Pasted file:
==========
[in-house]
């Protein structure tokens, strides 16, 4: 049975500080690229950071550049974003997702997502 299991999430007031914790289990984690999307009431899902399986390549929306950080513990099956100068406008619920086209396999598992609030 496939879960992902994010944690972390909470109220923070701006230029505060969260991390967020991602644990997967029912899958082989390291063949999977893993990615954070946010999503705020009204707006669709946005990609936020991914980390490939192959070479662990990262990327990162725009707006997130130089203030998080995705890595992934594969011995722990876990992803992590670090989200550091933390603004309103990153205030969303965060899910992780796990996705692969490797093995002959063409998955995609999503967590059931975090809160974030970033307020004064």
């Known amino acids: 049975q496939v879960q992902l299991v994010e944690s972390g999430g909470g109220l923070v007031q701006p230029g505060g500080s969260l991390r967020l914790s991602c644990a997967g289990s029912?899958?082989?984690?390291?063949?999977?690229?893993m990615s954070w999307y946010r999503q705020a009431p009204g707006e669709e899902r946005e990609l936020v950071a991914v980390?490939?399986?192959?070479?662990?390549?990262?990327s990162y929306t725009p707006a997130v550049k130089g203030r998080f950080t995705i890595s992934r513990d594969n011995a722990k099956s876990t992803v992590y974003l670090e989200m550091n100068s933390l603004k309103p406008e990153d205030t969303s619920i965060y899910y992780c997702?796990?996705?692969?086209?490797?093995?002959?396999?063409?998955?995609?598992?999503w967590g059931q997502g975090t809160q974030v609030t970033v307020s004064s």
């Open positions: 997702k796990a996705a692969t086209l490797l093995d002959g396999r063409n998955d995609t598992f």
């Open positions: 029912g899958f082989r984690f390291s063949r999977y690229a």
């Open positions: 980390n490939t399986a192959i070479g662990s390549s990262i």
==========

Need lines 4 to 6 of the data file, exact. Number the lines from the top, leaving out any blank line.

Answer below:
């Open positions: 997702k796990a996705a692969t086209l490797l093995d002959g396999r063409n998955d995609t598992f």
């Open positions: 029912g899958f082989r984690f390291s063949r999977y690229a």
């Open positions: 980390n490939t399986a192959i070479g662990s390549s990262i």